I used to roll my own cigarettes. The paper was thin and if it got too damp it would become fragile and tear.
I was 24 when my labia began to tear. I couldn’t tell you how long the soreness had been going on for, but some days even wearing underwear would rip my skin. Squatting in front of a hand mirror, I traced the weeping sores, the white patches and previous wounds that had healed badly. With skin so fragile, the edges pulled together tightly and brought lots of skin with them.
My labia had become fragile and white and tore like damp rolling paper.
The internet told me it was lichen sclerosis (also referred to as lichen sclerosus), that it was a condition of post-menopausal women. I asked the nurse when I had my IUD inserted, but she told me to go to the sexual health clinic. There, I sat with my numbered ticket, surrounded by posters about condom use and spotting the signs of syphilis. This didn’t feel like the right place. My number was called.
The doctor was firm, but kind. I told her my suspicions and she confirmed the diagnosis after an examination. She gave me a brown bag filled with clobetasol ointment, emollient soap substitute, and metronidazole for my recurrent bacterial vaginosis (‘There’s no point in you bothering your GP all the time’). Medicines are free from the sexual health clinic, but not from the GP, so I appreciated this kindness.
‘Come back in six months,’ she said. ‘You have an increased risk of vulval cancer.’ Back on the internet later, I found the doctor I had seen had published many articles on lichen sclerosis. I was relieved to be in the hands of an expert.
I returned twice a year for the next two years. Making the appointments was easier than even seeing my GP. I called the sexual health centre, asked for the doctor by name, and would be booked in that week. I left every time with my brown bag of medicines. Until one day when I called to ask for the same doctor and was told that she’d retired, and there was another gynaecologist, and did I really need to see her? I booked an appointment. A local newspaper article celebrated the first doctor’s retirement and she beamed from her manicured garden.
This was destined to be an uncomfortable appointment, because I’d not been using my clobetasol as much. It was frustrating to apply ointment that came off whenever I used the bathroom and it would tear the skin if I applied it too cold. The new doctor examined me and told me things weren’t looking as good as they should, and I confessed. She launched into an explanation of why the clobetasol was important to preserve my vulval architecture. She drew diagrams. She gave me leaflets. I was a student nurse and I knew her job in that moment was to explore why I wasn’t taking it. I sat quietly and waited for my brown bag. ‘No,’ she said. ‘You have to get that from the GP.’
I told her sex had become unbearably painful. She handed me a tube of lidocaine and told me to apply it to my vulva so that I could be numb and tolerate sex. I left the consulting room in silence, limply gripping the lidocaine. I couldn’t fathom the concept of being numb to tolerate sex.
I waited a year to book my next review. I was told the doctor I had last seen had left and did I want to book an appointment with the next gynaecologist? This doctor was young and gentle. She told me that my vulval architecture was entirely preserved; I had seen it wasn’t, the first doctor must have recorded that it wasn’t, and the current doctor didn’t know what it looked like before. Perhaps she was trying to reassure me. Again, I asked for my brown bag, and again I was told to go to my GP. She asked me to book my next review and I told her I was moving to another city because I’d been accepted to medical school.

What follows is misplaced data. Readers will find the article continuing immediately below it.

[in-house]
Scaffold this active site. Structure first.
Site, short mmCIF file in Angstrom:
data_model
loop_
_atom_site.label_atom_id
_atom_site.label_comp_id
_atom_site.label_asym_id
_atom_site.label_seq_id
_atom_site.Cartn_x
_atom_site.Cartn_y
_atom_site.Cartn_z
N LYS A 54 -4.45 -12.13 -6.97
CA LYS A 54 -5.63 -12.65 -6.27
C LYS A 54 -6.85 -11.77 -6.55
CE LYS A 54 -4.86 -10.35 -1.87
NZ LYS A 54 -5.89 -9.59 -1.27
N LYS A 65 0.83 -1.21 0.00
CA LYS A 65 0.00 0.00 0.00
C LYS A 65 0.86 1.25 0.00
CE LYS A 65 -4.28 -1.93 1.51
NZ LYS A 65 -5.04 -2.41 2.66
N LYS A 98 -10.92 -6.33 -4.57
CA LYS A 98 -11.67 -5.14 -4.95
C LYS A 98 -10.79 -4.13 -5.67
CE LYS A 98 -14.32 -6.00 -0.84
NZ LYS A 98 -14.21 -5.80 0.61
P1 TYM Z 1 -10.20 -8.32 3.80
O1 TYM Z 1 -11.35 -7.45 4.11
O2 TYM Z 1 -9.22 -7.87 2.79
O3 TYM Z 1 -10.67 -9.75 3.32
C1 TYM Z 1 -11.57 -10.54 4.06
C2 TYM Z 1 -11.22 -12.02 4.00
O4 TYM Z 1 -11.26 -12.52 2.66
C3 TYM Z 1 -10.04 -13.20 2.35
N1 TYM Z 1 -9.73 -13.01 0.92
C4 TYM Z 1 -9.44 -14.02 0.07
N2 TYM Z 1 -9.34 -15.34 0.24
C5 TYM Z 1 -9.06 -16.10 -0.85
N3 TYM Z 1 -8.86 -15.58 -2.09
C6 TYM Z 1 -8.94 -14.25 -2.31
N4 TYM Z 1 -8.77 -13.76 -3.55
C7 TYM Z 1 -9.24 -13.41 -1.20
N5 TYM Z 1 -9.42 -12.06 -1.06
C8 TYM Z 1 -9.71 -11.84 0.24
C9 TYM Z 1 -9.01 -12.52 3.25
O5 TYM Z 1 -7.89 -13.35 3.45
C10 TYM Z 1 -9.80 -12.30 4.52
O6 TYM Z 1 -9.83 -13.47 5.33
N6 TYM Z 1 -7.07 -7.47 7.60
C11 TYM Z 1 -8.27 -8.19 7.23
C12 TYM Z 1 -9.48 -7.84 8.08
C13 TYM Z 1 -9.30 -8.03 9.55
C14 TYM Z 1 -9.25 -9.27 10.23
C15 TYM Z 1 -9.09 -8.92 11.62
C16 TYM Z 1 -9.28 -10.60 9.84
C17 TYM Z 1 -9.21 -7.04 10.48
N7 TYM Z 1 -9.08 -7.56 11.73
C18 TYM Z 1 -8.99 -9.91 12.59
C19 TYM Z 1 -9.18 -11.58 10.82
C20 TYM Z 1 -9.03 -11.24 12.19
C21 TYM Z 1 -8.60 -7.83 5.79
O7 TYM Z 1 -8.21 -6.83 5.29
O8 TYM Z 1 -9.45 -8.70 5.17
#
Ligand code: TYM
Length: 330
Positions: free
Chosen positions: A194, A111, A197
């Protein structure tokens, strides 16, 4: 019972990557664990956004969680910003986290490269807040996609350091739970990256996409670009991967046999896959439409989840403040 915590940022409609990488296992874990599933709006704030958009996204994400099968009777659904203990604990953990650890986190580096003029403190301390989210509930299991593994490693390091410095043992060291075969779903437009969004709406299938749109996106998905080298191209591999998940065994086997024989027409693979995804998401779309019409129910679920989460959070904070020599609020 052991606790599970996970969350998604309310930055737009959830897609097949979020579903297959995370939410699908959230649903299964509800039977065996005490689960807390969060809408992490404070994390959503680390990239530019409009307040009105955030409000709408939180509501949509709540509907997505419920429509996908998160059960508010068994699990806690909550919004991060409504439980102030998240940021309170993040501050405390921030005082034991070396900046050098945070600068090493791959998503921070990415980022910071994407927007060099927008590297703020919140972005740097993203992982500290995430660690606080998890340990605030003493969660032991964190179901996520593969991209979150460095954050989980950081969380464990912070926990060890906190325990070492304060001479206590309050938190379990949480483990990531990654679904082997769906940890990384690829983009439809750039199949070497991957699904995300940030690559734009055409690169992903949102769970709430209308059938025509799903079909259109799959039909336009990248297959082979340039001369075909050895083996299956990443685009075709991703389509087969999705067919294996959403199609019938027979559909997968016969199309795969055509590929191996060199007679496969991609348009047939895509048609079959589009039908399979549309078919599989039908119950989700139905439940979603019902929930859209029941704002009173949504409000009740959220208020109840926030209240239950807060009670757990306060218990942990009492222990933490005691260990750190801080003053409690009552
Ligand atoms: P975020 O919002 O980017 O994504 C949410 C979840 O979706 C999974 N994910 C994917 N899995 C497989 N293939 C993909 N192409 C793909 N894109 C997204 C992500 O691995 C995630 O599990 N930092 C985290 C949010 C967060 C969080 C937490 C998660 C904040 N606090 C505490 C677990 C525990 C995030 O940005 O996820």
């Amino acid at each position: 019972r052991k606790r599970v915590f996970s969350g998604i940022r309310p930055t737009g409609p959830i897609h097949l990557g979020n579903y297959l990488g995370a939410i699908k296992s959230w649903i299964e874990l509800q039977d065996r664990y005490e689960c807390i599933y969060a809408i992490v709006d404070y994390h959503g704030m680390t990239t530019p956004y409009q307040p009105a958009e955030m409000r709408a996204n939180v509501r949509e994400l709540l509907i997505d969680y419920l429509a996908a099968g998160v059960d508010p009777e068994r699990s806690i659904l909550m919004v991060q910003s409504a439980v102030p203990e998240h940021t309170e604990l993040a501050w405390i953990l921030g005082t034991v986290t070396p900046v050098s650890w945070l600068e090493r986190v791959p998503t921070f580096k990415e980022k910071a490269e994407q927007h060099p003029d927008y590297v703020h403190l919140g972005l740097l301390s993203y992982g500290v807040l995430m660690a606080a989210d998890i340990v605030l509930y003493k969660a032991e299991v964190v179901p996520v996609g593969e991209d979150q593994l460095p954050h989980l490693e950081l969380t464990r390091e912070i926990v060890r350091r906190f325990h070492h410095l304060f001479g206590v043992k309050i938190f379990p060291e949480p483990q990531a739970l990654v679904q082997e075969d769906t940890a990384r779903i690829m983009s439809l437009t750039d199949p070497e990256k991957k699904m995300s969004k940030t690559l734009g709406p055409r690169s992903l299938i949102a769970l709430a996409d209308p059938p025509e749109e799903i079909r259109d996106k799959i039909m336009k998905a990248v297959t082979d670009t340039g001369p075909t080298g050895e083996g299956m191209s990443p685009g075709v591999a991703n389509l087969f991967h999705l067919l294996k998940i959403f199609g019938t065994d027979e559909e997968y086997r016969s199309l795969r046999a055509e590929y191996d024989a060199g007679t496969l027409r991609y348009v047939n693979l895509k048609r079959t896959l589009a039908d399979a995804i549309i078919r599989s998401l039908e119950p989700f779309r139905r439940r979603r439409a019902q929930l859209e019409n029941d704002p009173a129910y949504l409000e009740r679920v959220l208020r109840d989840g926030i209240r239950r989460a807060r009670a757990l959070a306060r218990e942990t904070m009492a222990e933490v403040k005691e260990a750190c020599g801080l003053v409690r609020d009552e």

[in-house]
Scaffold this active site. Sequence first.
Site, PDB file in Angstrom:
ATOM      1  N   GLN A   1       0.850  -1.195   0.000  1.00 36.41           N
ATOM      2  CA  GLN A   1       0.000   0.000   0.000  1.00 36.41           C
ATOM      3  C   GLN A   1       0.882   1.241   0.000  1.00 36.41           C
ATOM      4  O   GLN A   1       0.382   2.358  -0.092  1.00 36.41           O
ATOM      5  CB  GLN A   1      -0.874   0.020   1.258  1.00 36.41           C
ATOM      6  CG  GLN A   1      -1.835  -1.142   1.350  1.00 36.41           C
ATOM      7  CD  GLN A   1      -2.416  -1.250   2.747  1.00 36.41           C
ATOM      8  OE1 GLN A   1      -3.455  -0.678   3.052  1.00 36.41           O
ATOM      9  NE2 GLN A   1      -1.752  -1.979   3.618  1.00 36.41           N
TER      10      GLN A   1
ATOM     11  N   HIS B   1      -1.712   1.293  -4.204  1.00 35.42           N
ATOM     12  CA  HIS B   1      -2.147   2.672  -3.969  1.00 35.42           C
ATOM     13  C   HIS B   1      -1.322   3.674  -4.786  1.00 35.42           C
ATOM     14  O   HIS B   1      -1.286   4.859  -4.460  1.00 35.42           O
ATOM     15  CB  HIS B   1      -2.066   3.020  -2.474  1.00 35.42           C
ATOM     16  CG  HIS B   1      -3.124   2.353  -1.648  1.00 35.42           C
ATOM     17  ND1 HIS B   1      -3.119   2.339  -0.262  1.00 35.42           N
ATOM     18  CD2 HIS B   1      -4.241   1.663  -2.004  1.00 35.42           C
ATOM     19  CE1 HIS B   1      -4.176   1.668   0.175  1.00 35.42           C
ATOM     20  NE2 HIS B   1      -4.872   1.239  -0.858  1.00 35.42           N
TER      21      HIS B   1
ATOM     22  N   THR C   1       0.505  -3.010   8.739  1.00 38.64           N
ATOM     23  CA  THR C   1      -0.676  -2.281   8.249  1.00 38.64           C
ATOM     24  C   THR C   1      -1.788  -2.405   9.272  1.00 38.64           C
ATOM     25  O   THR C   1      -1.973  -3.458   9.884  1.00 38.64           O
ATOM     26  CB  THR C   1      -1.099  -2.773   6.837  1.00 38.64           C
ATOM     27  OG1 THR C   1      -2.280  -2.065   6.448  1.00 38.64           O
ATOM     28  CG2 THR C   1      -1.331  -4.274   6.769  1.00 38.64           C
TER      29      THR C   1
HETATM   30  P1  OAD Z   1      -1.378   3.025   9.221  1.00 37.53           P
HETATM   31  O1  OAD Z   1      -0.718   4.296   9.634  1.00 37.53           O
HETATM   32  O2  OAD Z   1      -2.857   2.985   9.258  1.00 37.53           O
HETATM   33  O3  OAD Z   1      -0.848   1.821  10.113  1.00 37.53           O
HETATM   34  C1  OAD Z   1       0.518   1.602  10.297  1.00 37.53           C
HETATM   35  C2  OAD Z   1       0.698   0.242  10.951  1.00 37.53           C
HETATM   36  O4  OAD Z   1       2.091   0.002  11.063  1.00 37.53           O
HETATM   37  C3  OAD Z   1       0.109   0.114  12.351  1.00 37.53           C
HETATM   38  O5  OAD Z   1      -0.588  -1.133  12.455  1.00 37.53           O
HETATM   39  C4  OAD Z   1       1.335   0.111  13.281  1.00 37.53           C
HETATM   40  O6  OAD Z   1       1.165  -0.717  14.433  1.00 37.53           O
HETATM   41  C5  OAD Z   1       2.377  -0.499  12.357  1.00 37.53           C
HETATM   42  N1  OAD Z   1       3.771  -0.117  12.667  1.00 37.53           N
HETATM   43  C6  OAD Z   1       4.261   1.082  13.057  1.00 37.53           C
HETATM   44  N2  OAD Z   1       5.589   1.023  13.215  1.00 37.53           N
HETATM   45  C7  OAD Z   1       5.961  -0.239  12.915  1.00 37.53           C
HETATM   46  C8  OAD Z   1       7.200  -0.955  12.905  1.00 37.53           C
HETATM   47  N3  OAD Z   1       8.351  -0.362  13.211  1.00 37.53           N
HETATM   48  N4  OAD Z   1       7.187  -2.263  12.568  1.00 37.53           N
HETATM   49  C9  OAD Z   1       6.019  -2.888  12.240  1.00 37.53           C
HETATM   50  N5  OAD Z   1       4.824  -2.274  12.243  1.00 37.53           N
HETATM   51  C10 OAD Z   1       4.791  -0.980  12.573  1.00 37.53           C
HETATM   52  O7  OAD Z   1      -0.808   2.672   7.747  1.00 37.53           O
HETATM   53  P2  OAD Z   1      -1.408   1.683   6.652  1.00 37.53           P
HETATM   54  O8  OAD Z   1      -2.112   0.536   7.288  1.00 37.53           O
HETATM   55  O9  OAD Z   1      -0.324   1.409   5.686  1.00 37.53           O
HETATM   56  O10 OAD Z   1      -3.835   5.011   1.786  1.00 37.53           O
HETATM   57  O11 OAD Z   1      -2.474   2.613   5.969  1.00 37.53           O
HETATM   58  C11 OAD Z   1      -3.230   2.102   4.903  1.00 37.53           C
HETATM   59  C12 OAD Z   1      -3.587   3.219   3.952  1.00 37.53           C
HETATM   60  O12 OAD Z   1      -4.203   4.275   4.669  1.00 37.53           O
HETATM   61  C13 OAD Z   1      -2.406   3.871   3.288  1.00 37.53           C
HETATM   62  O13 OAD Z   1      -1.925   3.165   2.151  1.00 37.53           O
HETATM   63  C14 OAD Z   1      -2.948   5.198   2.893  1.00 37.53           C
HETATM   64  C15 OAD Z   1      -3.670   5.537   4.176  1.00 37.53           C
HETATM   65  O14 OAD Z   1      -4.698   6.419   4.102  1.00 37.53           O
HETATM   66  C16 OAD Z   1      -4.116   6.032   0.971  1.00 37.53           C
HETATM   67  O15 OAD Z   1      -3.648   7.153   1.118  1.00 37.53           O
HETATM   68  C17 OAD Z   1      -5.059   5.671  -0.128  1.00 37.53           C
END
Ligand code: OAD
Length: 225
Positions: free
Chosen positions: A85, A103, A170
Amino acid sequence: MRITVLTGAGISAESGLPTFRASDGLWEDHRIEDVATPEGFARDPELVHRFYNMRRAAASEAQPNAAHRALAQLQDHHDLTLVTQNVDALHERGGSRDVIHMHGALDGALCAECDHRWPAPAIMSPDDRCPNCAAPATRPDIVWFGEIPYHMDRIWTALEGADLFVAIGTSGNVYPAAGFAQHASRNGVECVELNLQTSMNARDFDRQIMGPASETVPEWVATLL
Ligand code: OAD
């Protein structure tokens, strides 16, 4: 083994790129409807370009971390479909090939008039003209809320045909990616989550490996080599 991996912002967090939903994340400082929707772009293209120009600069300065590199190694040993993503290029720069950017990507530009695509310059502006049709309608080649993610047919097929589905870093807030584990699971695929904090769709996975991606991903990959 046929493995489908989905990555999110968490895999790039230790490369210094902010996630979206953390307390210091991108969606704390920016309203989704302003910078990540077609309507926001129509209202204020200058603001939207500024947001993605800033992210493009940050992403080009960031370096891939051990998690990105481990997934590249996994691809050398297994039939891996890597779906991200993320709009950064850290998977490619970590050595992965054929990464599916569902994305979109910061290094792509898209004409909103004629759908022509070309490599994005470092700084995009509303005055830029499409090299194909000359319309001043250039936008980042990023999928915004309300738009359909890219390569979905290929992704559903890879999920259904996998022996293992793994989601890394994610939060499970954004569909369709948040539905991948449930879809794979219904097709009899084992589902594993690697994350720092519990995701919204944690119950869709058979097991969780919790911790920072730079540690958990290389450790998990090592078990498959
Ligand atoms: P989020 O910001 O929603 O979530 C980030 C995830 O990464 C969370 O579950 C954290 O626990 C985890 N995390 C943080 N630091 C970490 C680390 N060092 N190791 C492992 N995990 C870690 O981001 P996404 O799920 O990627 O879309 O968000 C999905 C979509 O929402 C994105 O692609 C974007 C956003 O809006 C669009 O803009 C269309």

‘Oh, no,’ she said, but left the thought at that and went on to tell me my reviews could be annual from now on, and probably just performed at the GP, but that there was a vulval dermatologist in my new city (she had trained there).
I didn’t know what her ‘oh, no’ meant, although I think of it every time medical school drives me down.
Shadowing in a gynaecology clinic recently, I overheard a junior doctor (or resident) tell a patient that she might have lichen sclerosis because it is a condition of post-menopausal women. Once the patient had left, I told him that that wasn’t strictly accurate. The consultant (equivalent to an attending in the states) said it mainly affects pre-pubertal and post-menopausal women. I told her:
‘I know that it doesn’t only affect those age groups, though, because I have it. I was diagnosed at 24. But that’s the only reason I know it. Lichen sclerosis is a core condition on our curriculum, but we’ve had no teaching on it.’
The doctor explained the competing interests of academic curricula versus clinical workload, but the consultant shut him off: ‘This is why so few good students are attracted to gynaecology. They aren’t taught from the start.’
I couldn’t have told you how long the soreness had been going on for before I sought help for my lichen sclerosis, but 3-4 years before I was diagnosed, a boyfriend told me my vulva looked and felt different. I went to see the nurse at my GP surgery, who went to get a second opinion and left me alone in the consulting room with my feet in stirrups and a light directed at my vulva. More ‘second opinions’ arrived, and I remember gazing at the nursing staff crammed between my knees like a curious Mount Rushmore. I was diagnosed with genital warts and told to inform any sexual partners. My boyfriend and previous sexual partner denied having had it. My boyfriend left me. I felt disgusting. Sometimes I wonder if this was my first opportunity to have been diagnosed with lichen sclerosis.
I live with lichen sclerosis. It is well controlled, mainly with strong emollients, rarely with clobetasol, and never with lidocaine. My skin isn’t fragile and white anymore. It rarely tears like rolling paper now.
Story by Felicity Allman